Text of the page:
Continue reading.

Jacob and Esau contemplative homeschool unit

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I have been blogging lately about my method of contemplative homeschooling. Here is an example of a unit I did a few years ago with my boys on Jacob and Esau.

The best way to start these units is for you (the parent) to meditate on the Scripture passage you will study with your kids. In this case, prayerfully read Genesis 25:29-24, 27:1-40. Since this passage is long, you could spread your meditation over 2-3 days or choose a smaller portion of the text to meditate on.  Identify the main elements or themes of the story that speak to you and use them as part of your studies.

The themes I chose for this unit were twins, telling the truth, and comparing and contrasting. (I created this before I began starting each unit with my prayer time.)

Narration: Read “Esau and Jacob” from The Golden Children’s Bible aloud. If you have a different Bible, use only the parts of the story that correspond to the sections of Genesis noted above. Have your kids narrate it back and you write their narrations. Children 10 and up can write their own.

Copywork/memorization: “The Truth will set you free” (John 8:32).

Read the rest at Contemplative Homeschool.

Understanding the Ascension Through Art

Ascension Thursday is the close of the forty day celebration of Easter.  Some dioceses have moved marking this Solemnity of this feast to Sunday.   To better celebrate the wonder and mystery of this event of salvific history, we can turn to art.

The Seventeenth Century poet John Donne tended to take an intellectual approach to spirituality in La Coruna. (1618).  The section dedicated to the Ascension offers conceits which prepares the person for acting in faith:

Salute the last, and everlasting day,
Joy at the uprising of this Sun, and Son,
Ye whose true tears, or tribulation
Have purely wash’d, or burnt your drossy clay.
Behold, the Highest, parting hence away,
Lightens the dark clouds, which He treads upon;
Nor doth he by ascending show alone,
But first He, and He first enters the way.
O strong Ram, which hast batter’d heaven for me!
Mild lamb, which with Thy Blood hast mark’d the path!
Bright Torch, which shinest, that I the way may see!
O, with Thy own Blood quench Thy own just wrath;
And if Thy Holy Spirit my Muse did raise,
Deign at my hands this crown of prayer and praise.
While Donne was raised as a Catholic, he converted to Anglicanism in his adulthood.  The verses reflect this sentiment as it uses quitessential Catholic symbols,such as light and dark, as well as the sacrifice of the innocent lamb.  But the final verse emphasizes the personal rather than communal aspect of faith.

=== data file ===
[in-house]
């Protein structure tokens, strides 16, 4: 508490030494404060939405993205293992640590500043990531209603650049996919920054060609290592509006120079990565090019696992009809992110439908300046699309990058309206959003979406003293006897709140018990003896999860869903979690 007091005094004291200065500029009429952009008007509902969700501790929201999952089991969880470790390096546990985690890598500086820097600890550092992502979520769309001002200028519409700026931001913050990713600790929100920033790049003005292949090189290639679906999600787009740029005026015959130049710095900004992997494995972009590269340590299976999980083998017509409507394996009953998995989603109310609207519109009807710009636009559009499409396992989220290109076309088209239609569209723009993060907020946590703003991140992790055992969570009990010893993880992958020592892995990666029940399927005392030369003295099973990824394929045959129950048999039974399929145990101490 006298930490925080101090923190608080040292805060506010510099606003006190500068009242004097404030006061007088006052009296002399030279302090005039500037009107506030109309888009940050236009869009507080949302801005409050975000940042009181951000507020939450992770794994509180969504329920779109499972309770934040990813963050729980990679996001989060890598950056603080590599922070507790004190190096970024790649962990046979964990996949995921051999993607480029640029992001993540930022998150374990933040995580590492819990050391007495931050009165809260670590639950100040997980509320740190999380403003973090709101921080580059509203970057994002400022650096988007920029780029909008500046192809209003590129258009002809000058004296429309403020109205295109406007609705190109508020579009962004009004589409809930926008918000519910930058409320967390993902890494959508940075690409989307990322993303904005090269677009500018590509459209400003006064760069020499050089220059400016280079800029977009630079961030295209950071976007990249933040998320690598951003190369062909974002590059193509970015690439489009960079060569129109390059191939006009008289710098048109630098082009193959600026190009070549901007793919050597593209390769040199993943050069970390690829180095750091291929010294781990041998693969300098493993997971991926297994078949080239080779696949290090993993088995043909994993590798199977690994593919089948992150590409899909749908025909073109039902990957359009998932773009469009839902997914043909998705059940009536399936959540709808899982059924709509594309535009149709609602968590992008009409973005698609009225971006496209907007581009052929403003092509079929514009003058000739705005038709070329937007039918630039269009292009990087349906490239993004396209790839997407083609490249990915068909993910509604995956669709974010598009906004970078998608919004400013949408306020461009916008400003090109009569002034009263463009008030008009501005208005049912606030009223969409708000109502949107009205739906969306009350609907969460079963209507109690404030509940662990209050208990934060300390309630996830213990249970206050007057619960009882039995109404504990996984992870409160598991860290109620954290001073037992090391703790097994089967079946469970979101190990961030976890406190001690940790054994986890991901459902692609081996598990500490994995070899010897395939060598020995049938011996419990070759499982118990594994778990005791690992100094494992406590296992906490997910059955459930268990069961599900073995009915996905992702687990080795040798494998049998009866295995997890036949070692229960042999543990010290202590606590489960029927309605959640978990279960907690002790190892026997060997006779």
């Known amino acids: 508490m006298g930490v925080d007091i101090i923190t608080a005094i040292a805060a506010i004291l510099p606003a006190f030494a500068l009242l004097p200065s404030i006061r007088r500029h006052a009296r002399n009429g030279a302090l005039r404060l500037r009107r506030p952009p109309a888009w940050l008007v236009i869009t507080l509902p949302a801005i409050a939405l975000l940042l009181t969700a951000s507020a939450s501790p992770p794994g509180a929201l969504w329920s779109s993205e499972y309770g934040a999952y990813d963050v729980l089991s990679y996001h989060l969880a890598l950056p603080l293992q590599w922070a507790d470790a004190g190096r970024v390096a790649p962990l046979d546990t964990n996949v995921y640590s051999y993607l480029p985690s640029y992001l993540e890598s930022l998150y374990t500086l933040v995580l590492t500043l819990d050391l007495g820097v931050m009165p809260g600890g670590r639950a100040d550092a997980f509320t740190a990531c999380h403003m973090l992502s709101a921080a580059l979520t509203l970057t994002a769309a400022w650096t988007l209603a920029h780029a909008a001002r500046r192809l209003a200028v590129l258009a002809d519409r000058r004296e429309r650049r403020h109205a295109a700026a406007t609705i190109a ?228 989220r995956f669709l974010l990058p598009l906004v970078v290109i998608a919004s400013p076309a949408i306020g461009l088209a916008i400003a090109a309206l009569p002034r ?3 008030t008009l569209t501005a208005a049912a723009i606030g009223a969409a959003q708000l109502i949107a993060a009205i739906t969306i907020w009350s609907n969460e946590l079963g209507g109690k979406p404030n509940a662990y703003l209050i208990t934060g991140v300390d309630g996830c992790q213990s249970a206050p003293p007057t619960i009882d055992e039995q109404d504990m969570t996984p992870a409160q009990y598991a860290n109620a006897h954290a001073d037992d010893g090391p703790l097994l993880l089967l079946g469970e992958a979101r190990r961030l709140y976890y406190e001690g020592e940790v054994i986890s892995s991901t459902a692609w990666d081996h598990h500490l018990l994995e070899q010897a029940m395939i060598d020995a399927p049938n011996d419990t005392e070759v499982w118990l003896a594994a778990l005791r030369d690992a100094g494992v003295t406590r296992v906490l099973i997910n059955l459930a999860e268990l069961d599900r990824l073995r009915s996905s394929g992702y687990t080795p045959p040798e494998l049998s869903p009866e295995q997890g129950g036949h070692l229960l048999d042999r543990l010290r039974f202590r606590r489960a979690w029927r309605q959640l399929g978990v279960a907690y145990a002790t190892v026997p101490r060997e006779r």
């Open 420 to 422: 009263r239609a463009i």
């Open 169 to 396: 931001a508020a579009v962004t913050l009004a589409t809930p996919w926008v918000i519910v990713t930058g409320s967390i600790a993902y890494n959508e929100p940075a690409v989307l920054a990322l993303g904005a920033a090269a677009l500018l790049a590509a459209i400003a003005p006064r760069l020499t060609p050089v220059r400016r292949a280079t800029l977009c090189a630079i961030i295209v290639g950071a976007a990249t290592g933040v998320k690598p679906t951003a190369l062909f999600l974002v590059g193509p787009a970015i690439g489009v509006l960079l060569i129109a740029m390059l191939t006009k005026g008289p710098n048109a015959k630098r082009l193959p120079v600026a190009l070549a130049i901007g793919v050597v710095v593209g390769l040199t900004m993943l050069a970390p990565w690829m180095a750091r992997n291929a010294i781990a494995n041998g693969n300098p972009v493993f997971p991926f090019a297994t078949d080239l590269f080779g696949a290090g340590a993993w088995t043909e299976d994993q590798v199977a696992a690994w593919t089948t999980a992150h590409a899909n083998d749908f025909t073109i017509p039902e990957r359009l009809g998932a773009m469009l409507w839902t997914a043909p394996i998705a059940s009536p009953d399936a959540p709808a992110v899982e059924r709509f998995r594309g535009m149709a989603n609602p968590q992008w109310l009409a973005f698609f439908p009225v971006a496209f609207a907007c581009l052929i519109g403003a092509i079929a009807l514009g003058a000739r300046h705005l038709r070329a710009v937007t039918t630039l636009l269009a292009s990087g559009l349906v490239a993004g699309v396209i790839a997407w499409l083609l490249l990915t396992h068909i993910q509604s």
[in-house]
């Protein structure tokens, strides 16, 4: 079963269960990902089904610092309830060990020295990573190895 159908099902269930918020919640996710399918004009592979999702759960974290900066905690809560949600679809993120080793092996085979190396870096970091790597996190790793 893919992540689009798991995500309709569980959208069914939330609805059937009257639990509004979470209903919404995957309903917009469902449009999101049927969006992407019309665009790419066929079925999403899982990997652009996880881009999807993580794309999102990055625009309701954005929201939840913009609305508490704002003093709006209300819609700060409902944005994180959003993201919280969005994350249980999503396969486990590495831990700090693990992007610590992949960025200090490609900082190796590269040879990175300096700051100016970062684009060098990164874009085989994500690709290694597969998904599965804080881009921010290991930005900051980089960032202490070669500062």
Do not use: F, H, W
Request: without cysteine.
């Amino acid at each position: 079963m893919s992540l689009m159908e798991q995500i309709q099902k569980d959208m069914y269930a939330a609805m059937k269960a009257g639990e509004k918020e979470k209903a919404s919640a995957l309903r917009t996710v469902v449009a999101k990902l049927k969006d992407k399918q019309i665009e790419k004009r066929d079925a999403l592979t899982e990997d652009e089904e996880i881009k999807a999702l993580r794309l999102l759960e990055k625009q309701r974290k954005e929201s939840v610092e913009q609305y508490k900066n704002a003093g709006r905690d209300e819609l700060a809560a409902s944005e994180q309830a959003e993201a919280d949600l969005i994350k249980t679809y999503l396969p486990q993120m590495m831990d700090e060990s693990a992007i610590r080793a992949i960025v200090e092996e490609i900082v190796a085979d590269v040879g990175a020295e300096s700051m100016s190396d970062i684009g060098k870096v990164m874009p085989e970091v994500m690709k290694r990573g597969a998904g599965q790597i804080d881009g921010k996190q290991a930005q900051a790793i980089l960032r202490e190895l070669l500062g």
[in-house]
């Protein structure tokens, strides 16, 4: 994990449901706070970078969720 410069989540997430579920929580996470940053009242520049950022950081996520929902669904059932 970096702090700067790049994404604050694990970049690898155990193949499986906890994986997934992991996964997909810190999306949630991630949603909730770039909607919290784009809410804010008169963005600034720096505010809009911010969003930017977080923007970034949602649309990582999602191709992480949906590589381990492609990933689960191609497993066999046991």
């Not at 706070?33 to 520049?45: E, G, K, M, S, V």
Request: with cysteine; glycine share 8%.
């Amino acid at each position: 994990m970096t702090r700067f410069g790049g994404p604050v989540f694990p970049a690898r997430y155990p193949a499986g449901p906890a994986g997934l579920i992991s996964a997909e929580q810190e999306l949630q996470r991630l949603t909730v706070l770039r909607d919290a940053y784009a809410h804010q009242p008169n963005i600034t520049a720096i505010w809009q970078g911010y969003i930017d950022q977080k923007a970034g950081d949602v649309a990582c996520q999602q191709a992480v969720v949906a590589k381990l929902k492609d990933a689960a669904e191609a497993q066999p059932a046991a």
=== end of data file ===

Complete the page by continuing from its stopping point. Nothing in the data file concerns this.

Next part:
Another distinctive feature of Donne’s literary style are his metaphysical conceits. which uses imagery in an extended metaphor to combine vastly different ideas into a single notion.  Hence, the ascension is likened to both a strong Ram to break down the door of faith to heaven and as a mild lamb in a blood sacrifice to show the path.

Three hundred and fifty years later, Salvador Dali painted “The Ascension of Christ” (1958) as Jesus is rising toward an energized and electrified heaven.

Dali’s surreal style of juxtaposing images one would not ordinarily associate in order to create a deeper meaning requires going beyond a rational exposition of faith.  But Dali’s depiction is not devoid of reality, as the prominent feet would have been the last thing that the Apostles who witness the Ascension would have seen.

Dali attributes the inspiration for “The Ascension of Christ” to a cosmic dream that he had in 1950 full of vivid color where he saw the nucleus of an atom.  Dali was an ardent atheist but he later re-embraced his Catholic faith (perhaps after an exorcism) but Dali often fused his conceptions of Christianity  with science. Dali realized that the nucleus was the true representation of the unifying spirit of Christ.  This nuclear mysticism is meant to connect everyone.

Dali’s “Ascension of Christ” does have some incongruities.  Dali was inspired by the atom but it looks like a sunflower or perhaps a stylized depictions of the sun.  Dali was often intrigued with continuous circular patterns like a sunflower floret as it followed the law of logarithmic spiral, which Dali explained to  Mike Wallace in 1958 was associated with the force of spirit in chastity.

While the dove ready to descend from the clouds seems like an allusion to the Pentecost liturgically celebrated in 10 days.  But why is Gala (Dali’s wife and artistic muse) peering out from the clouds?  In other Dalian religiously inspired paintings, Gala represented the Virgin Mary. Historically, the dormition of the Theotokis happened long after Christ’s ascension into heaven.  However,  Mary is often considered the Queen Mother of Heaven and as the resurrection transcended time and space, it could show the Mother of God weeping at her son’s departure from the Earth from her prospective place in heaven.

Other  aspects to appreciate in Dali’s depiction of Christ’s glorified body ascending to heaven is his hands and feet.  Aside from the positioning of the foot, notice how the soles of his foot were soiled, as reminders that our Messiah walked among us.  Also the Jesus’ fingers are curled, which lends some visual drama to the painting but combined with with electrified heavens hints at power.